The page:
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Is Staphylococcal Screening and Suppression an Effective Interventional Strategy for Reduction of Surgical Site Infection? Surg Infect (Larchmt) 2016 Apr;17(2):158-66

Date

02/03/2016

Pubmed ID

26836053

DOI

10.1089/sur.2015.257

Scopus ID

2-s2.0-84962549354   10 Citations

Abstract

BACKGROUND: Staphylococcus aureus has been recognized as a major microbial pathogen for over 100 y, having the capacity to produce a variety of suppurative and toxigenic disease processes. Many of these infections are life-threatening, with particularly enhanced virulence in hospitalized patients with selective risk factors. Strains of methicillin-resistant Staphylococcus aureus (MRSA) have rapidly spread throughout the healthcare environment such that approximately 20% of S. aureus isolates recovered from surgical site infections are methicillin-resistant, (although this is now reducing following national screening and suppression programs and high impact interventions).

METHODS: Widespread nasal screening to identify MRSA colonization in surgical patients prior to admission are controversial, but selective, evidence-based studies have documented a reduction of surgical site infection (SSI) after screening and suppression.

RESULTS: Culture methods used to identify MRSA colonization involve selective, differential, or chromogenic media. These methods are the least expensive, but turnaround time is 24-48 h. Although real-time polymerase chain reaction (RT-PCR) technology provides rapid turnaround (1-2 h) with exceptional testing accuracy, the costs can range from three to 10 times more than conventional culture methodology. Topical mupirocin, with or without pre-operative chlorhexidine showers or skin wipes, is the current "gold-standard" for nasal decolonization, but inappropriate use of mupirocin is associated with increasing staphylococcal resistance.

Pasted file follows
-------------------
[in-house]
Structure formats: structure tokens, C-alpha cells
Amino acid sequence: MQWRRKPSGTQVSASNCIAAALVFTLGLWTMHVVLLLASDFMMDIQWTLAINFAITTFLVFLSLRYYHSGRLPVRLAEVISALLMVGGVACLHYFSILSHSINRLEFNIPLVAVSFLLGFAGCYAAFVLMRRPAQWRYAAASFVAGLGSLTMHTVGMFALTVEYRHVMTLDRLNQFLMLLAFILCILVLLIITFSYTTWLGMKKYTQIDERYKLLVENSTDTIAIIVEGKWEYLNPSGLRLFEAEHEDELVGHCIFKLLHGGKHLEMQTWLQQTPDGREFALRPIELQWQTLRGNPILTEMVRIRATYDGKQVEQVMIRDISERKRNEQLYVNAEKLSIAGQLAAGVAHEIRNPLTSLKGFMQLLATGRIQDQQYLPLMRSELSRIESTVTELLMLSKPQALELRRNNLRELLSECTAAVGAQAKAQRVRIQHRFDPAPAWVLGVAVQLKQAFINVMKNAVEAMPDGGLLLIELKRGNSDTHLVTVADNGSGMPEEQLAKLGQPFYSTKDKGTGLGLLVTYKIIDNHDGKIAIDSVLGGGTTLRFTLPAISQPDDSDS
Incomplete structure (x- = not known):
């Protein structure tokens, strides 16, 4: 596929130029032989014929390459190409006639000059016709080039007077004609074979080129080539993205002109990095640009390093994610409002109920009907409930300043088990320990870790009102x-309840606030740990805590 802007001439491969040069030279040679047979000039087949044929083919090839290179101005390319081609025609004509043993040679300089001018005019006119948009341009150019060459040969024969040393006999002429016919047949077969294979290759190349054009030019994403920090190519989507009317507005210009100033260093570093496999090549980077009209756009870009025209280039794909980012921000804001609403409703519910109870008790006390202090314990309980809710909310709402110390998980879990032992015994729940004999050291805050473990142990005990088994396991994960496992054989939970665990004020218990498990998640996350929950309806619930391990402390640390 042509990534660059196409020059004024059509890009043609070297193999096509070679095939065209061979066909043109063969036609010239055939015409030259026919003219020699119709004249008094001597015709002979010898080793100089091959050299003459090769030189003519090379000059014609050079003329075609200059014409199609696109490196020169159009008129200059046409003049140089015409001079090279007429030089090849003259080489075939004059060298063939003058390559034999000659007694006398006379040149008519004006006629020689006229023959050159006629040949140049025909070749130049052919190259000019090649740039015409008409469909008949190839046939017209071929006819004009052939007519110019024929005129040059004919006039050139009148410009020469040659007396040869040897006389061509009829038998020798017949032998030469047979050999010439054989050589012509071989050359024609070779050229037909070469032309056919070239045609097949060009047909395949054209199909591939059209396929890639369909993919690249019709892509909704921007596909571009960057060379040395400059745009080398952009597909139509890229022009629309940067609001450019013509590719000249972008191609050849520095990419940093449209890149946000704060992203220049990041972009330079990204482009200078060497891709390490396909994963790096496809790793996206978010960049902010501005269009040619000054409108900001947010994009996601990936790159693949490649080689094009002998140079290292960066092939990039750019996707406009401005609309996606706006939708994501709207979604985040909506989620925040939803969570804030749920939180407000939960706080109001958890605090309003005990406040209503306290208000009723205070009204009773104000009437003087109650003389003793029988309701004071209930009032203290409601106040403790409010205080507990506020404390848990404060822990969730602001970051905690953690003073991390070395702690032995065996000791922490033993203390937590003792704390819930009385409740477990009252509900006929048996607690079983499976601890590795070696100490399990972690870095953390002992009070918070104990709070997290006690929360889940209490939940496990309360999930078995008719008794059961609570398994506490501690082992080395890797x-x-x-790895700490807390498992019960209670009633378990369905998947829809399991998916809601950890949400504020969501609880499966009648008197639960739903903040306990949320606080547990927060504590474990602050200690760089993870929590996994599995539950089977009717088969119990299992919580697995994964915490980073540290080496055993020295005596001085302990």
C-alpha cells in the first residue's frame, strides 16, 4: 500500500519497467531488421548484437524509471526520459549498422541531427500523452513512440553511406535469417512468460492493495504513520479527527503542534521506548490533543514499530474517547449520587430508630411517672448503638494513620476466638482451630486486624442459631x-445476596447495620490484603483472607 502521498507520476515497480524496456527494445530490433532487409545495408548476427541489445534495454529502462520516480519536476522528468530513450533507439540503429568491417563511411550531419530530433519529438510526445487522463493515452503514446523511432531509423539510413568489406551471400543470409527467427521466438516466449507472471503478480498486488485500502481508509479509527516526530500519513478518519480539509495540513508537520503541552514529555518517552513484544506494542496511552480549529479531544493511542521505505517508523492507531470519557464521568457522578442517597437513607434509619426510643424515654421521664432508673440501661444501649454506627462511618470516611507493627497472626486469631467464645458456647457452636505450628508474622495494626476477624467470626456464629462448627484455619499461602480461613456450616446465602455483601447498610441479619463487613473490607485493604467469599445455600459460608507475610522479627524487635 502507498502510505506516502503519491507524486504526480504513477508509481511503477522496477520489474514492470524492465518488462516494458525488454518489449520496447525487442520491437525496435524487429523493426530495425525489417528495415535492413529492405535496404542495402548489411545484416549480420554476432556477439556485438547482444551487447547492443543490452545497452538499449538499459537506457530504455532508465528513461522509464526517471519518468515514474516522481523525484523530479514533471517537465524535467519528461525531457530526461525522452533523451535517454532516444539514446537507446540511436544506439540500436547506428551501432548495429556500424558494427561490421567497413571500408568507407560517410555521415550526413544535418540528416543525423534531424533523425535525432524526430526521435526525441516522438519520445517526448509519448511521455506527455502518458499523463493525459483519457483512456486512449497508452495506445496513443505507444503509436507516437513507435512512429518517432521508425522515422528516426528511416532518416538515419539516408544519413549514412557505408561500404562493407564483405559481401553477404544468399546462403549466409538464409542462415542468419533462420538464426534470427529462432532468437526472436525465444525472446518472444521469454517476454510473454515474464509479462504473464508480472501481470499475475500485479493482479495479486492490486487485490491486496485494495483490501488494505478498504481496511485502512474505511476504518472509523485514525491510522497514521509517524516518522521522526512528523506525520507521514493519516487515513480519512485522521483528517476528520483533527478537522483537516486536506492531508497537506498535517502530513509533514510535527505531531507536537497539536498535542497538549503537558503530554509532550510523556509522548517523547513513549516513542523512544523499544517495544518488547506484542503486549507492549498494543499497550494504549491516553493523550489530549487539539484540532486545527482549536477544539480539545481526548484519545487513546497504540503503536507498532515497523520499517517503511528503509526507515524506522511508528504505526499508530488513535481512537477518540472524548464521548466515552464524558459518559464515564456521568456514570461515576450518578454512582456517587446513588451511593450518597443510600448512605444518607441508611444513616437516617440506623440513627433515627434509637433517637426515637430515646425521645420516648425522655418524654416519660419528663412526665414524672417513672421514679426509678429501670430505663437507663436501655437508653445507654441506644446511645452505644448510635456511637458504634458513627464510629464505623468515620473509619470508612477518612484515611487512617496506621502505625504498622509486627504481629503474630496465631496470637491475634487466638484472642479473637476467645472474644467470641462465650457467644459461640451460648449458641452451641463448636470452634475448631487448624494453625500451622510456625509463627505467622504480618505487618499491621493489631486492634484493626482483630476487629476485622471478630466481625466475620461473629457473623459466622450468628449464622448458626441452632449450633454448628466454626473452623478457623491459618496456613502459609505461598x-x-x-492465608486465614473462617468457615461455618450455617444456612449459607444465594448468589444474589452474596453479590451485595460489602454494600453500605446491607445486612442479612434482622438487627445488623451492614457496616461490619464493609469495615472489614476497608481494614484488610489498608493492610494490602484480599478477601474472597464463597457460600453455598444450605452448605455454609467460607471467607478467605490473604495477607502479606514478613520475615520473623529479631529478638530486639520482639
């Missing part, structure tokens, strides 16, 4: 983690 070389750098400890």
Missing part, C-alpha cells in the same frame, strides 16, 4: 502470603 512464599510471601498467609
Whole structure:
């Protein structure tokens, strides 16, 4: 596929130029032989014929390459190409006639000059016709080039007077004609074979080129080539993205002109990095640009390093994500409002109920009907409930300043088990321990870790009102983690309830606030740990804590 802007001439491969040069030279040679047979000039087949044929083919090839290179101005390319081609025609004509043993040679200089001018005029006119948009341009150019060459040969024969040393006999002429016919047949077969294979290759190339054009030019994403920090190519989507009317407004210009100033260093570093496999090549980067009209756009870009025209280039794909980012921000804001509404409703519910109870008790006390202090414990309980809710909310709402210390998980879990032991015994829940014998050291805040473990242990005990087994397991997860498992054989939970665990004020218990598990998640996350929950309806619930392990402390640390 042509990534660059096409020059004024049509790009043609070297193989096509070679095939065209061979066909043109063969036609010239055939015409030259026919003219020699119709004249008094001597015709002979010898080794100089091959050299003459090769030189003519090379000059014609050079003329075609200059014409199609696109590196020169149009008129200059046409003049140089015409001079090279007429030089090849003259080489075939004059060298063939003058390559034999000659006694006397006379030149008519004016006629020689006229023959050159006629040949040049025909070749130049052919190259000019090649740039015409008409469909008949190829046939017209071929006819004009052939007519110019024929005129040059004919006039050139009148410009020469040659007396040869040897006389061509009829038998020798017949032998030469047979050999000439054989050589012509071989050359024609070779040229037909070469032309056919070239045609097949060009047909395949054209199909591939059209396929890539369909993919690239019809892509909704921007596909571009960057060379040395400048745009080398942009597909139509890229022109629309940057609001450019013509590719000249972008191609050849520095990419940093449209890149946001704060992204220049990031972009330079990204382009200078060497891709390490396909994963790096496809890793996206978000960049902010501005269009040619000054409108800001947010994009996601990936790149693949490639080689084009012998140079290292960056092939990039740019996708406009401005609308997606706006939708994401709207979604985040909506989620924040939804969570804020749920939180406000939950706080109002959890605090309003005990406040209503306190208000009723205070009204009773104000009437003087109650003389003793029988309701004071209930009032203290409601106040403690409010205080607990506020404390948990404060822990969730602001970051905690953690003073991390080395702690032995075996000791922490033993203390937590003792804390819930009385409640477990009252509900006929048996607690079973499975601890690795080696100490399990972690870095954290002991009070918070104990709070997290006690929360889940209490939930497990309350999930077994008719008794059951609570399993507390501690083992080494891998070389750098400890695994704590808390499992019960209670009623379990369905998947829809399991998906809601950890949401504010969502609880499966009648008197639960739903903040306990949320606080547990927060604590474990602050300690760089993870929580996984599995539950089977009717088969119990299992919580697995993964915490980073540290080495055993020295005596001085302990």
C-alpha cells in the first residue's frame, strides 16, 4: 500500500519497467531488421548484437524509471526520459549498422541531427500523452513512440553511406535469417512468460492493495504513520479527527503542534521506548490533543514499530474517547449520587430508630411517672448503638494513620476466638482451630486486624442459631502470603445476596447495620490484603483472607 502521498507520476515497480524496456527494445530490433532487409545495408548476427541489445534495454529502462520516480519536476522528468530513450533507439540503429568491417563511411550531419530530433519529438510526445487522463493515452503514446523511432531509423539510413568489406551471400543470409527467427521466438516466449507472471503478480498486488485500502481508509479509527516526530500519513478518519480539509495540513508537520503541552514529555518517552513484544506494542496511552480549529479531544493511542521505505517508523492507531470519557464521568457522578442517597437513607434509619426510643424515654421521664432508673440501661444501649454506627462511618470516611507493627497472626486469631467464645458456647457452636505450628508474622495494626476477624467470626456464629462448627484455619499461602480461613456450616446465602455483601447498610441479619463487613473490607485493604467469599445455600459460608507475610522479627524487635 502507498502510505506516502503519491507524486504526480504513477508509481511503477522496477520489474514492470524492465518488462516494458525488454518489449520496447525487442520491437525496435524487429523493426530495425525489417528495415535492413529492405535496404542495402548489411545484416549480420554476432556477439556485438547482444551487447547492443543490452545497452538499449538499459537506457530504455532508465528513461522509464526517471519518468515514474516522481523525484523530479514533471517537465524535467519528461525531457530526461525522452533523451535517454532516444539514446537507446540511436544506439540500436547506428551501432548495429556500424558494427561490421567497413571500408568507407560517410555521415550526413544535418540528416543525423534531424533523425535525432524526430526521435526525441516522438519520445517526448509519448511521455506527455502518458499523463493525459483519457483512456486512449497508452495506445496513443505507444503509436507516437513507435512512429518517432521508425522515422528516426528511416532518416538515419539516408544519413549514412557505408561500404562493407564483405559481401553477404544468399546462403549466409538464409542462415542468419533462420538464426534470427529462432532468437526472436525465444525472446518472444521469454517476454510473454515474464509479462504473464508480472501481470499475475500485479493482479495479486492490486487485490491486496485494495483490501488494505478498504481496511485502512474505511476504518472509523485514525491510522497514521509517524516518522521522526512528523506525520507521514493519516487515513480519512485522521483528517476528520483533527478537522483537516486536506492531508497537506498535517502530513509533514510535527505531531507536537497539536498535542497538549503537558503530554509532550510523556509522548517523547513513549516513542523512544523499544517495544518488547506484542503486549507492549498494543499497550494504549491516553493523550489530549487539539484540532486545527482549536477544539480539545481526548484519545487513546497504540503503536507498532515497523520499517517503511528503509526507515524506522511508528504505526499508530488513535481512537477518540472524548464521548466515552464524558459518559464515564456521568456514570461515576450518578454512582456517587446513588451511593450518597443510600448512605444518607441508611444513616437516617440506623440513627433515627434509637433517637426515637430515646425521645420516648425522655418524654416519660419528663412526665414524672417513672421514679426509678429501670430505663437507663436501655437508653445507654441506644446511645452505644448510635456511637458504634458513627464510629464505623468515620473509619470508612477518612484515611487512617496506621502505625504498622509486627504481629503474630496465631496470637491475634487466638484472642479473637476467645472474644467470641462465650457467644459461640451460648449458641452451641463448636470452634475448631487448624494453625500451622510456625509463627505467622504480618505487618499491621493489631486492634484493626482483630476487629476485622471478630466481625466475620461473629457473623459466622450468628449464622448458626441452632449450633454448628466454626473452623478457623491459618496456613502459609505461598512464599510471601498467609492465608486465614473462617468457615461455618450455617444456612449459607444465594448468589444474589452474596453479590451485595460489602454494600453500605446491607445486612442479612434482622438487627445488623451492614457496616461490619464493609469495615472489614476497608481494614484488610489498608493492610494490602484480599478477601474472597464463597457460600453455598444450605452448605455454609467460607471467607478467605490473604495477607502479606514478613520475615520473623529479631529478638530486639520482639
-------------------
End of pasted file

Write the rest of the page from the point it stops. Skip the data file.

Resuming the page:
CONCLUSIONS: Selection of an effective active universal or targeted surveillance strategy should be based upon the relative risk of MSSA or MRSA surgical site infection in patients undergoing orthopedic or cardiothoracic device related surgical procedures.

Author List

Edmiston CE Jr, Ledeboer NA, Buchan BW, Spencer M, Seabrook GR, Leaper D

Authors

Blake W. Buchan PhD Associate Professor in the Pathology department at Medical College of Wisconsin
Nathan A. Ledeboer PhD Vice Chair, Professor in the Pathology department at Medical College of Wisconsin
Gary R. Seabrook MD Chief, Professor in the Surgery department at Medical College of Wisconsin




MESH terms used to index this publication - Major topics in bold

Anti-Bacterial Agents
Carrier State
Humans
Mass Screening
Staphylococcal Infections
Surgical Wound Infection
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